Foundations and Trends® in Technology, Information and Operations Management > Vol 12 > Issue 1

Management Accounting Information Properties and Operations Management

Bart Dierynck, Tilburg University, The Netherlands, b.dierynck@tilburguniversity.edu Eva Labro, University of North-Carolina at Chapel Hill, Kenan-Flagler Business School, USA, Eva_Labro@unc.edu
 
Suggested Citation
Bart Dierynck and Eva Labro (2018), "Management Accounting Information Properties and Operations Management", Foundations and Trends® in Technology, Information and Operations Management: Vol. 12: No. 1, pp 1-114. http://dx.doi.org/10.1561/0200000051

Published: 23 Apr 2018
© 2018 B. Dierynck and E. Labro
 
Subjects
Management control,  Performance measurement,  Capacity Planning,  New Product and Service Design,  Biases,  Imperfect information
 
Keywords
M11 Production managementM41 Accounting
Management accountingOperations managementCapacityInventory managementSchedulingProduct design
 

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In this article:
1. Introduction
2. Crash Course in Costing System Terminology
3. Properties of Management Accounting Information
4. Approach to our Application of the Management Accounting Perspective to Operations Management Topics
5. Capacity Acquisition and Allocation
6. Inventory Management
7. Production Scheduling
8. Product Design
9. Tips for working on the Management Accounting – Operations Management Interface
10. Conclusion
A. Appendix: Good Examples of Studies on the Interface between Management Accounting and Operations Management
Acknowledgements
References

Abstract

This monograph introduces Management Accounting to Operations Management researchers and illustrates how unleashing this accounting information perspective into the world of Operations Management can improve our understanding of topics of interest to Operations Management researchers and practitioners. We start by offering a crash course in accounting terminology and then introduce the three important properties of accounting information (i.e. imperfect nature, endogenously determined, and multipurpose). Next, we address four different areas in Operations Management: capacity acquisition and allocation, inventory management, production scheduling, and product design. For each of these areas, we describe the approaches used in Operations Management and Management Accounting and spend considerable attention on how using an accounting approach can spur progress in Operations Management.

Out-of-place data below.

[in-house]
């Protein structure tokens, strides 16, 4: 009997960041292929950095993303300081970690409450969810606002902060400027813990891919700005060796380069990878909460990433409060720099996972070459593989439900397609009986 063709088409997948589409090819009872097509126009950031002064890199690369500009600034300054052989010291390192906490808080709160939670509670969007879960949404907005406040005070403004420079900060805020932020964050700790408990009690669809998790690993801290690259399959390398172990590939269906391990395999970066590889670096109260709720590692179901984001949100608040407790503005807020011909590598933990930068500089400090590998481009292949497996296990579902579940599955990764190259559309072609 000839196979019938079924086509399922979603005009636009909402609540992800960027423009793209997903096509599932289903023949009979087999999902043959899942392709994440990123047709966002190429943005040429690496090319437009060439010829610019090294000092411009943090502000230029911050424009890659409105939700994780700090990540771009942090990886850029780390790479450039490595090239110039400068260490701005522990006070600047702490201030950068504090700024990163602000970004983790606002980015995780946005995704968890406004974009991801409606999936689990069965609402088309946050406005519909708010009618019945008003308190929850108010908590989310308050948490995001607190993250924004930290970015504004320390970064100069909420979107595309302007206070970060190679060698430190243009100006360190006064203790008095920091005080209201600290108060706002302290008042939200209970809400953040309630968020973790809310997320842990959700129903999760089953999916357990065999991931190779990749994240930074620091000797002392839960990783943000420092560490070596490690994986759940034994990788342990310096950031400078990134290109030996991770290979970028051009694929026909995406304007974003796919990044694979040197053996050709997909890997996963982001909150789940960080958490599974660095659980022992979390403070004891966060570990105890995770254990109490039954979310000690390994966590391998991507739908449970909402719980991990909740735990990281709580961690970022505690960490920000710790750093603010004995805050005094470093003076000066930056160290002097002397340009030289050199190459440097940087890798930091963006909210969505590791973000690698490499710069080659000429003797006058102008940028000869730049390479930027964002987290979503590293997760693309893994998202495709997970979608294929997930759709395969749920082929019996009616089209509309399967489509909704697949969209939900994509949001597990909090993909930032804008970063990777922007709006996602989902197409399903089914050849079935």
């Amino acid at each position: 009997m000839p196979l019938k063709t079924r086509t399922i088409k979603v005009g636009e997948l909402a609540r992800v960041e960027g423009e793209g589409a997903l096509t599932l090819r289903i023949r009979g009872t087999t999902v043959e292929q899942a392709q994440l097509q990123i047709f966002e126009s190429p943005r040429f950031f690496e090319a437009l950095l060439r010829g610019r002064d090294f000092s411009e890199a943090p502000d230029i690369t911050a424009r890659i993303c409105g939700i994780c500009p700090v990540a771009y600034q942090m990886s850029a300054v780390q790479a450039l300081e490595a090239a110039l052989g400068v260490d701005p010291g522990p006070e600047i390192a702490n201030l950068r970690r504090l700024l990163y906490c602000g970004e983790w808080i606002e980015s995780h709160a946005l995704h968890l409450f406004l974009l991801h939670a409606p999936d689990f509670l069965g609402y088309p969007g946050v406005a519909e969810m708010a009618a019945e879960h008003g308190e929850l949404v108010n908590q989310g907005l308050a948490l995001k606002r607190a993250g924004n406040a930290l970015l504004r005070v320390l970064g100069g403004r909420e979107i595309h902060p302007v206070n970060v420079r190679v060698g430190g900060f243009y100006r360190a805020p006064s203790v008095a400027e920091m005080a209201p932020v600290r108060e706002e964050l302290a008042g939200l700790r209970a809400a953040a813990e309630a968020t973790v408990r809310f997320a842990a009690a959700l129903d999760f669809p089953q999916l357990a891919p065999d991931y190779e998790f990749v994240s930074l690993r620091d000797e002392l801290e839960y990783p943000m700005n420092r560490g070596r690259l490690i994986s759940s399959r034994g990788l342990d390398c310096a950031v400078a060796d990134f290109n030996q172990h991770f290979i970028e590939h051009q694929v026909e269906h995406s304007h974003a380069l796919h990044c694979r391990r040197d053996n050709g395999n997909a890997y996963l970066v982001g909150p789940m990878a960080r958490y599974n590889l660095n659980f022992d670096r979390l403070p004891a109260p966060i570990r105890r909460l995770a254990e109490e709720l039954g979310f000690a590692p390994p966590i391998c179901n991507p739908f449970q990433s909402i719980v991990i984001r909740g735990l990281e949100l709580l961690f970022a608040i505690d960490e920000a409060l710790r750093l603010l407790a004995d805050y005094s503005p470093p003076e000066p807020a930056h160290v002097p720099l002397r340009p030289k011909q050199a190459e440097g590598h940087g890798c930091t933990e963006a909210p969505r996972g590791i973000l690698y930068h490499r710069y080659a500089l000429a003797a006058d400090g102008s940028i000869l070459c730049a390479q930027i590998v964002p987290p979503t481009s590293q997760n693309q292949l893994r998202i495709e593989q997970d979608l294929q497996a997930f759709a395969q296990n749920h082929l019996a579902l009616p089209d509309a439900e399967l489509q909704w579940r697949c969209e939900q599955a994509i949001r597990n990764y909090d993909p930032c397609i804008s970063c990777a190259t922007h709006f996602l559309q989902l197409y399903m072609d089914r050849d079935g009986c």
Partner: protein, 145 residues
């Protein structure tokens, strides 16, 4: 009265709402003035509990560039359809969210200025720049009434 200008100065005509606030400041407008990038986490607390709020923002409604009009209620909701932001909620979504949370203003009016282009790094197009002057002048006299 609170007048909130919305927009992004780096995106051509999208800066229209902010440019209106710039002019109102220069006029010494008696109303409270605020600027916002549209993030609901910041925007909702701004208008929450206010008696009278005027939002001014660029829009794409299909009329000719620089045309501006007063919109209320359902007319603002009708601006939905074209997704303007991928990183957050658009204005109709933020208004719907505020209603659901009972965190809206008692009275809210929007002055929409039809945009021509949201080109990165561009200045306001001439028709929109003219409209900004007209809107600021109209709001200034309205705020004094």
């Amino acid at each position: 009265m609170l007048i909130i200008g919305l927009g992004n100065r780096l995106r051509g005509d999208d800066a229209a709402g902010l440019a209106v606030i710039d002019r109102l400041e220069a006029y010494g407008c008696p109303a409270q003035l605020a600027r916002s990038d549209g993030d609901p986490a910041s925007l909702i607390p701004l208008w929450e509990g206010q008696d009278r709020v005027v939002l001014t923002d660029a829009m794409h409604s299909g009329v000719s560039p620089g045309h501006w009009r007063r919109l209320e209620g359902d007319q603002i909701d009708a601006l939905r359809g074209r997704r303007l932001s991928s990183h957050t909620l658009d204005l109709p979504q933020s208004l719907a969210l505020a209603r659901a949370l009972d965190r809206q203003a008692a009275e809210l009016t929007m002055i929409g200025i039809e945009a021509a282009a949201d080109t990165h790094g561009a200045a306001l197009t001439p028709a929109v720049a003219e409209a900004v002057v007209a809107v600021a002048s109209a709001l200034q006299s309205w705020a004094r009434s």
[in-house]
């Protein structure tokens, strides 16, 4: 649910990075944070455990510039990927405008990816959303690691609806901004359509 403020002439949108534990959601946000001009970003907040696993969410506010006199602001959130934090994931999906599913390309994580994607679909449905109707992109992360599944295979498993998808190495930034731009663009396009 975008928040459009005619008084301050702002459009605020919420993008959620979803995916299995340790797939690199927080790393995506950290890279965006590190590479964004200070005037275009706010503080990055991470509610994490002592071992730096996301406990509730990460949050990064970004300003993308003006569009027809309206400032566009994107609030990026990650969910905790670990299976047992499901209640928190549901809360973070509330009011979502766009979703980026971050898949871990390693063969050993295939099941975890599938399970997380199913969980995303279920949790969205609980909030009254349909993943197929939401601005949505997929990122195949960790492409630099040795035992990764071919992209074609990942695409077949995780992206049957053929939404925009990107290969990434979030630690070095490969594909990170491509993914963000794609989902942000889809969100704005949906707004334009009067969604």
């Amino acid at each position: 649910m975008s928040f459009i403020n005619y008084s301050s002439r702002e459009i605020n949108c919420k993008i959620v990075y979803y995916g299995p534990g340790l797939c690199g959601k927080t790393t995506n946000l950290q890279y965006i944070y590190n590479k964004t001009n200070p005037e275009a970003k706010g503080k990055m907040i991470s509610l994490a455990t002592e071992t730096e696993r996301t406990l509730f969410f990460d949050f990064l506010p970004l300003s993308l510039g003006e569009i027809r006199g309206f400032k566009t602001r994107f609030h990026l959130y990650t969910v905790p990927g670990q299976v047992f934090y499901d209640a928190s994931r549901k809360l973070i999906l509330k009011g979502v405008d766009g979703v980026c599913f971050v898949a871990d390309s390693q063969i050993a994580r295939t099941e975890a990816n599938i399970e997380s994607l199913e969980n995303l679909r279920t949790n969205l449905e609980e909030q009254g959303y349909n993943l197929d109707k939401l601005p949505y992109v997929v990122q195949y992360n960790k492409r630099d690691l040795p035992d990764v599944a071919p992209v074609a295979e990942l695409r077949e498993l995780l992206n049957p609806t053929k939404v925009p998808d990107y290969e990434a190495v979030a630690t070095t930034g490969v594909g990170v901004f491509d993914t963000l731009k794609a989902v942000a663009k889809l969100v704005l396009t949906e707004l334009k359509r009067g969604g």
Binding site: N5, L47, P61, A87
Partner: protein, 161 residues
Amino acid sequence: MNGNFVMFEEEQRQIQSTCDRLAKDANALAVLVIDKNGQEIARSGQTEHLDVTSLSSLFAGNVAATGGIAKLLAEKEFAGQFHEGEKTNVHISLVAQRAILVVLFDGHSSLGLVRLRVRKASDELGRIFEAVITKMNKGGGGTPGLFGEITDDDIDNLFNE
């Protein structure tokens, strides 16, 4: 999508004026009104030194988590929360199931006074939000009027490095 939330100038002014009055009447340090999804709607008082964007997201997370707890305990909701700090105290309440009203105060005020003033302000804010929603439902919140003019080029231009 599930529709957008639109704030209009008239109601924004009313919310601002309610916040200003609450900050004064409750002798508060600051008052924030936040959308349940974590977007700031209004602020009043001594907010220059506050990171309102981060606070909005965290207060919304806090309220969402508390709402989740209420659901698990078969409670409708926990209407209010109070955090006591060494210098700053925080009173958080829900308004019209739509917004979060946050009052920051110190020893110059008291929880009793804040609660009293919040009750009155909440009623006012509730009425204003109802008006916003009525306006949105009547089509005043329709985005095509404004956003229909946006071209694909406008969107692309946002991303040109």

DOI:10.1561/0200000051
ISBN: 978-1-68083-426-0
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ISBN: 978-1-68083-427-7
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Table of contents:
1. Introduction
2. Crash Course in Costing System Terminology
3. Properties of Management Accounting Information
4. Approach to our Application of the Management Accounting Perspective to Operations Management Topics
5. Capacity Acquisition and Allocation
6. Inventory Management
7. Production Scheduling
8. Product Design
9. Tips for working on the Management Accounting – Operations Management Interface
10. Conclusion
A. Appendix: Good Examples of Studies on the Interface between Management Accounting and Operations Management
Acknowledgements
References

Management Accounting Information Properties and Operations Management

Management Accounting Information Properties and Operations Management introduces management accounting to operations management researchers and illustrates how incorporating this accounting information perspective into the world of operations management can improve our understanding of topics of interest to operations management researchers and practitioners. After the introduction, Section 2 provides a crash course in the management accounting terminology on costing systems. Section 3 develops the three properties of accounting information – imperfection, endogeneity, and multi-purpose character – and provides an overview of management accounting research on these properties. Section 4 offers some excellent examples of studies on the interface between operations management and management accounting. Sections 5 to 8 explore four areas in operations management (capacity planning and allocation, inventory management, production scheduling, and product design) and provide suggestions on how the use of a management accounting perspective can generate new insights that are important for research and practice. Section 9 gives some practical advice on how to set up research projects on the interface between operations management and management accounting. The last section includes the authors’ conclusion.

 
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